The No. 1 goal of a listing appointment is to obtain the listing. As late summer/early fall approaches, it’s a challenging time due to sellers having unrealistic expectations. They’re looking at comparable properties that recently sold, but were listed in the spring or early winter when there was much less inventory. Whether it involves price or showing accommodations, it’s important to have these conversations upfront.
If you’re not setting expectations from the start, you could lose the sale later. This year, rising interest rates further exacerbate this problem. Here are a few tips on how you can set expectations correctly, get the listing and have a smooth sale:
- Start by sharing market statistics and describing how the market is different. You’ll be revealing your potential value and a timeline of the sale in a more precise way for your sellers.
- When going over price, have the seller give you a figure first so that you don’t become associated with a number. If it doesn’t sell for that amount, the only person they can blame is themselves.
Another great thing to mention to your sellers is the 21-day rule. Explain to them that within 21 days of listing a home, you/they will know if the price is right or not because one of three things will happen:
- The listing could get a lot of activity and an offer, or potentially more than one. Rather than over-promise, it’s essential to plant that seed of potential for high activity. Remind sellers to be more accommodating with showings, and let them know that every buyer matters.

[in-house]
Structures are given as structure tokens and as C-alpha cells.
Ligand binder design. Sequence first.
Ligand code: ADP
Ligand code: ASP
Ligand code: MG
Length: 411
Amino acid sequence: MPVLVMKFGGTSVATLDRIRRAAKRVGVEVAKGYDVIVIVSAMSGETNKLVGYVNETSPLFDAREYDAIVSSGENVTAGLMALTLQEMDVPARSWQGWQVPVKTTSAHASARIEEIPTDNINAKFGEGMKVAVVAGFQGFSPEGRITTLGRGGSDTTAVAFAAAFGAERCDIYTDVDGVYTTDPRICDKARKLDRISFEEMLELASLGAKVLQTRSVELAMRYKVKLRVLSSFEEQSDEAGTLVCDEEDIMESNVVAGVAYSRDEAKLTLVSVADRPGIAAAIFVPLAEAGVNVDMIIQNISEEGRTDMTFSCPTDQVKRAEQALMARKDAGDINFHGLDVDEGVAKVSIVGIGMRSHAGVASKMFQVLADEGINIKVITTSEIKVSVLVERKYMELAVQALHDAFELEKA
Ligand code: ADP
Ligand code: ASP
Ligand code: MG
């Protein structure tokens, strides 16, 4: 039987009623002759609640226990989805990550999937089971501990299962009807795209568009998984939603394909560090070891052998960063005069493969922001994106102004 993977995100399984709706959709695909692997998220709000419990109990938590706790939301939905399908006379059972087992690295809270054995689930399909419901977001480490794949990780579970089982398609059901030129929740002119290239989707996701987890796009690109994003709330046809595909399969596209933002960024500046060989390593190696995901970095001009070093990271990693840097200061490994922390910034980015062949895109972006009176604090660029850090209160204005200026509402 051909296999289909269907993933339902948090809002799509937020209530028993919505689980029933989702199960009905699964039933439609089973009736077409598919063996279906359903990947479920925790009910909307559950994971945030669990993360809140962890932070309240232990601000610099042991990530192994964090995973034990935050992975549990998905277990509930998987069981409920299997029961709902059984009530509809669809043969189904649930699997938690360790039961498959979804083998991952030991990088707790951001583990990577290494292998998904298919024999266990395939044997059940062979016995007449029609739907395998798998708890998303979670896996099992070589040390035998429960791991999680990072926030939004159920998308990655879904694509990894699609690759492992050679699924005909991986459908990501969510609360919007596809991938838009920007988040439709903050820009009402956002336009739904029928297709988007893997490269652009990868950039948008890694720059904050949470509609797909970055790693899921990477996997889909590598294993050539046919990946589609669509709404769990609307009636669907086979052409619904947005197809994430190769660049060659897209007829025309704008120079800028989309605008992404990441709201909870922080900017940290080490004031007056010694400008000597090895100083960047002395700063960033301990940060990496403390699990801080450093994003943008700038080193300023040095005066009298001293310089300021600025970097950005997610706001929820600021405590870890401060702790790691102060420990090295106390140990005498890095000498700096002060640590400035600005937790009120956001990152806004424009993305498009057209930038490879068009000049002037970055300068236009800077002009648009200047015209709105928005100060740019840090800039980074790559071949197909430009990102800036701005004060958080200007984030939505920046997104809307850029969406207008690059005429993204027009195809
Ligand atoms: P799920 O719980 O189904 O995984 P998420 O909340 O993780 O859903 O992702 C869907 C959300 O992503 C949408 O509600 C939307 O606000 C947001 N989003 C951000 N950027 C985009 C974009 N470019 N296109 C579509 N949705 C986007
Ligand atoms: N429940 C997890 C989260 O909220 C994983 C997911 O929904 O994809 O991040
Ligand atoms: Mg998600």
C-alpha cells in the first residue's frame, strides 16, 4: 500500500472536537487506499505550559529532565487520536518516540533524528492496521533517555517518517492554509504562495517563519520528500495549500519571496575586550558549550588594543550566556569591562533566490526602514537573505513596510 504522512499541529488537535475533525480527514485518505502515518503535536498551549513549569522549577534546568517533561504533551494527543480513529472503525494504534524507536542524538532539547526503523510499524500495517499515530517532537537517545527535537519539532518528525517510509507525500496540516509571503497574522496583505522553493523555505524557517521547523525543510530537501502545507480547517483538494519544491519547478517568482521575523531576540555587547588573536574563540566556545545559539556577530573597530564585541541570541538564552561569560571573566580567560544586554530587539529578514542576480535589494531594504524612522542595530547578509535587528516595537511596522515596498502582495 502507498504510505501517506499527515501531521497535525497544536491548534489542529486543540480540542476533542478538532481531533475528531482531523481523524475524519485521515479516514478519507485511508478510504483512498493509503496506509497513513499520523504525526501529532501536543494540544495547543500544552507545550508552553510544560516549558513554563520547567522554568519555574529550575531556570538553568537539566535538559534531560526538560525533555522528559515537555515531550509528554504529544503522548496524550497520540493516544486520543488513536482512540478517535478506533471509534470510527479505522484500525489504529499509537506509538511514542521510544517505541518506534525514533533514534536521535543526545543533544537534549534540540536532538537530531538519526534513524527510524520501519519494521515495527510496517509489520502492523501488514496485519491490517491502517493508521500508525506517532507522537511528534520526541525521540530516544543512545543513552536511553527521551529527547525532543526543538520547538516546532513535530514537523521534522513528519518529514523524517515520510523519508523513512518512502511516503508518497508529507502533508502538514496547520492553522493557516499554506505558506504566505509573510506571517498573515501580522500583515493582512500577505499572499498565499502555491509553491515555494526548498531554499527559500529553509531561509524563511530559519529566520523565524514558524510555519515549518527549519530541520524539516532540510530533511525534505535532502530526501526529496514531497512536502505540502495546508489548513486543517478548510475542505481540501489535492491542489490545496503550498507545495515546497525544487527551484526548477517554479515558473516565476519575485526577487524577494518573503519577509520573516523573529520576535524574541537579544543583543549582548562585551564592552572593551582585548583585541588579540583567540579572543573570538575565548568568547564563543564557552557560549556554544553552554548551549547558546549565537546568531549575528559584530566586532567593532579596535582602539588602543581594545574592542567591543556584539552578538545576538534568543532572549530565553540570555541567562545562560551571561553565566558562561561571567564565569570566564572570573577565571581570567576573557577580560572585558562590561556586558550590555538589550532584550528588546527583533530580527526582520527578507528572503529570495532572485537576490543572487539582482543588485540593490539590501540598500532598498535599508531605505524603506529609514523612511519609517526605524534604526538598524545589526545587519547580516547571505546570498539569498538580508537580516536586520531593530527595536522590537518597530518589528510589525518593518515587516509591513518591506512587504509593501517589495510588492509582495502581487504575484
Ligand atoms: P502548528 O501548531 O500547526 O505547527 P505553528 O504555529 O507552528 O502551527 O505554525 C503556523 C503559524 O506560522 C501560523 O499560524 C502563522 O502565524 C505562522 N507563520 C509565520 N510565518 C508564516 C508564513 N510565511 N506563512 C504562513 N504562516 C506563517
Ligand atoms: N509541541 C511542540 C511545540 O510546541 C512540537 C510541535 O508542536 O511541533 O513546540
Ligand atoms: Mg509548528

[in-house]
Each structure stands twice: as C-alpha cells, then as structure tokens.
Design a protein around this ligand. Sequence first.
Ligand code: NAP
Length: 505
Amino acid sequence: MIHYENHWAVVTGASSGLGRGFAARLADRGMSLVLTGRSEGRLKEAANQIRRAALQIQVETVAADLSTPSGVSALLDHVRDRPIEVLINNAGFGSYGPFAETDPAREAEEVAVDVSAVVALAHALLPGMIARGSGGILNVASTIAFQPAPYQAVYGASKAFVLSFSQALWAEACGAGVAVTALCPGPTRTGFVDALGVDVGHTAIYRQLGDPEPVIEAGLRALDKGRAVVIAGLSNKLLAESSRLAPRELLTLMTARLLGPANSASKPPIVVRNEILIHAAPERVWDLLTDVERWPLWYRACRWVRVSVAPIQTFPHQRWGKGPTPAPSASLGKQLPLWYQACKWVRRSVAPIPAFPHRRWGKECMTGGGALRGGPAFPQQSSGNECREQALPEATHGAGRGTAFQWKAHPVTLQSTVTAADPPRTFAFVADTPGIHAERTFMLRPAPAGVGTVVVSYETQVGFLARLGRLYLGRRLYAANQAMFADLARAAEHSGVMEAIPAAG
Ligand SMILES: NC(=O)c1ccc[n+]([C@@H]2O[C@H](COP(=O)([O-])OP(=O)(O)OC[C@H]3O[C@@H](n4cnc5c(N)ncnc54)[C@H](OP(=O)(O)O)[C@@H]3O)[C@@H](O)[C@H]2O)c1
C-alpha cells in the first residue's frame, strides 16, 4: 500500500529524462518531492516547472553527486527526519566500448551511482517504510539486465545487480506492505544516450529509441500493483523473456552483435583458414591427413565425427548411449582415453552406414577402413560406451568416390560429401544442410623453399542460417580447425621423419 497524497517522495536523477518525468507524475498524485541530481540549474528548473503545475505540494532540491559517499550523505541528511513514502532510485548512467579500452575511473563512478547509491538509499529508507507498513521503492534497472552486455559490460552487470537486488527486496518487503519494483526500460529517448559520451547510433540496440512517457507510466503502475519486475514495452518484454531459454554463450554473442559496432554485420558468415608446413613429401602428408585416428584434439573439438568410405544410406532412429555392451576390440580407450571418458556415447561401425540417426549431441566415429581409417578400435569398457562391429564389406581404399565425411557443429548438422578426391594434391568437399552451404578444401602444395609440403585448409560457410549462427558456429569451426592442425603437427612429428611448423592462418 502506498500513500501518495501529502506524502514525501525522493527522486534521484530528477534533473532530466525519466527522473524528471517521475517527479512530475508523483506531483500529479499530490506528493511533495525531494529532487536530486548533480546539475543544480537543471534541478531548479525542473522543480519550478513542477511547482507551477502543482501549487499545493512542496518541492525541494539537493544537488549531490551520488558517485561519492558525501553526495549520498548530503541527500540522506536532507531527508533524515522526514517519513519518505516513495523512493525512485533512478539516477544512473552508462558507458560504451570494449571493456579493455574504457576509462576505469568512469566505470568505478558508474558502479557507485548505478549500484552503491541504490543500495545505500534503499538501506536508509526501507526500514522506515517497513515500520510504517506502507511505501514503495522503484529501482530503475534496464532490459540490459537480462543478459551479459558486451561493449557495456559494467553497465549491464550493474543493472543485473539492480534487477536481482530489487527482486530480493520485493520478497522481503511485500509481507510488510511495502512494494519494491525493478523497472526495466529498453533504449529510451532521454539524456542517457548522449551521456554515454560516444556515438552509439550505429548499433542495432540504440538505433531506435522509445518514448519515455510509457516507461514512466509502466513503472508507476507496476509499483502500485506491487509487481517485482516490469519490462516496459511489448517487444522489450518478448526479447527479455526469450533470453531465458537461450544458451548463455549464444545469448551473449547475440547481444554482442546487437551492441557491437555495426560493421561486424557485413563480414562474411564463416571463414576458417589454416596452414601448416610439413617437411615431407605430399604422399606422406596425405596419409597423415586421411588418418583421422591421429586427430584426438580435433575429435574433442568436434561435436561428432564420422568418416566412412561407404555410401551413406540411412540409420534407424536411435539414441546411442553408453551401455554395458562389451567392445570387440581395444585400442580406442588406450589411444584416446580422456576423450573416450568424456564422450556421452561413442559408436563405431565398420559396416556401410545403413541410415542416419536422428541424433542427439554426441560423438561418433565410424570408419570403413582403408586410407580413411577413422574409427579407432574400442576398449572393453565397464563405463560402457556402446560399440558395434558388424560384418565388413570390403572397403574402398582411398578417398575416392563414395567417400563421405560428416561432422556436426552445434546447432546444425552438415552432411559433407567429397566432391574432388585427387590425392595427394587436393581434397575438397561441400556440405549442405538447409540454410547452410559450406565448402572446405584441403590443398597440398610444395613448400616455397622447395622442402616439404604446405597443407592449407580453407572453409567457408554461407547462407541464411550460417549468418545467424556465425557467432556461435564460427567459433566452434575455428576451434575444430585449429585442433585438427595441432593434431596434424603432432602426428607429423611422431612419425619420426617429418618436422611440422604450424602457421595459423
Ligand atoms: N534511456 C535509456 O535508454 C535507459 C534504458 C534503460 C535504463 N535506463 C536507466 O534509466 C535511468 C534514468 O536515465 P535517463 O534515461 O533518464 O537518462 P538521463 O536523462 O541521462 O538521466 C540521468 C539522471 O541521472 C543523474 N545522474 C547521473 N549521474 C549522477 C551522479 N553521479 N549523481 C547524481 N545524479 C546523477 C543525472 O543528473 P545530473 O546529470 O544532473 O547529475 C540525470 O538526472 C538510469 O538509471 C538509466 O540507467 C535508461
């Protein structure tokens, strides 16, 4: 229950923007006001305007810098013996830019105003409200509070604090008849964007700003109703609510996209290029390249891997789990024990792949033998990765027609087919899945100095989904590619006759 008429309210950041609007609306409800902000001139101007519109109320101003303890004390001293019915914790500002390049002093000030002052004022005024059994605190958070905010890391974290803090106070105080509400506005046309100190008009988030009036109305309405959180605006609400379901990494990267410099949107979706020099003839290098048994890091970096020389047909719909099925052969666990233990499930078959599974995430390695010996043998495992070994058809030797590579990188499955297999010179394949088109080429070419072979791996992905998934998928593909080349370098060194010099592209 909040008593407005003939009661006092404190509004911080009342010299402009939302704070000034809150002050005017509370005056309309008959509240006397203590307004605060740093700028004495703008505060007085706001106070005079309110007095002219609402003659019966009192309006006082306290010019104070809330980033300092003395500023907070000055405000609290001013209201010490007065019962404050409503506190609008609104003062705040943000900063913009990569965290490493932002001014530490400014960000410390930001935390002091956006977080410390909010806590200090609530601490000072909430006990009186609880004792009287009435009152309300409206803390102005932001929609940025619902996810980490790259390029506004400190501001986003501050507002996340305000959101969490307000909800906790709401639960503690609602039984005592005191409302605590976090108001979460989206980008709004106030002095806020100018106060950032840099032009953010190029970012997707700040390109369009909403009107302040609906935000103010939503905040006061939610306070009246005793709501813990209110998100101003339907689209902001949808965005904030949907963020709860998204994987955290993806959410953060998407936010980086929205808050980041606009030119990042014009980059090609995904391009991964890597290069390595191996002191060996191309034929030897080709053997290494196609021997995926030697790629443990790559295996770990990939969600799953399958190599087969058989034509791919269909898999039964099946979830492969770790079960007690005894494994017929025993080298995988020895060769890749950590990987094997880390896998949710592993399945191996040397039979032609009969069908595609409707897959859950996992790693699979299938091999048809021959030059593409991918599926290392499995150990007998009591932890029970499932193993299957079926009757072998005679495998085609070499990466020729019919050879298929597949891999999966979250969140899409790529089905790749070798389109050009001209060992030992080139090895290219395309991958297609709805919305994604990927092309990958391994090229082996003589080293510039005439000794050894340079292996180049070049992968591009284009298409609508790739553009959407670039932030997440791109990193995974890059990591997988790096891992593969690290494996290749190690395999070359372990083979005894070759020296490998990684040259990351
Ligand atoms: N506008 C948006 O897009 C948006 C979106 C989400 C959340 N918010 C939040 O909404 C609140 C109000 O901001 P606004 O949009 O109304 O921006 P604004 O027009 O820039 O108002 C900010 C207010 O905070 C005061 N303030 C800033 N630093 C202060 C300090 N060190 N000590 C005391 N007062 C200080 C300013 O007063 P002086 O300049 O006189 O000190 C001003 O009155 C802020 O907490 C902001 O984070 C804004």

- There could be few showings and light traffic at open houses. What would you do if 10 people saw the home and eight told you the price was too high? Share this info with the seller to help them recognize that it’s priced too high.
- What if nobody shows up, yet all other listings get activity? This would undoubtedly tell us that the property is priced too high. Remind the seller that you’re not testing the marketing; the only thing being tested is the price. Perhaps you’re setting deadlines too soon, especially when there are no offers in place, and it’s scaring away potential buyers. Or maybe you’re disclosing things too soon (e.g., subject to preferred closing date).
Depending on your seller’s motivation, ask them the following question: “If plan A is to list at that price, that’s okay, but what if we realize it’s priced too high? What is Plan B?”
I hope you can see how these discussions are better off being had in the beginning. Not everything that you list will sell as it has in prior months. You don’t want to waste your time and have an aggravated seller on your hands. Sometimes, they’ll be more motivated the second time around and more willing to listen to you and your recommendations. In this quickly changing market, you must get back to the fundamentals, because if you don’t, you’ll likely regret it.
Dave Karoly is vice president of sales at Lamacchia Realty. For more information, visit www.lamacchiarealty.com.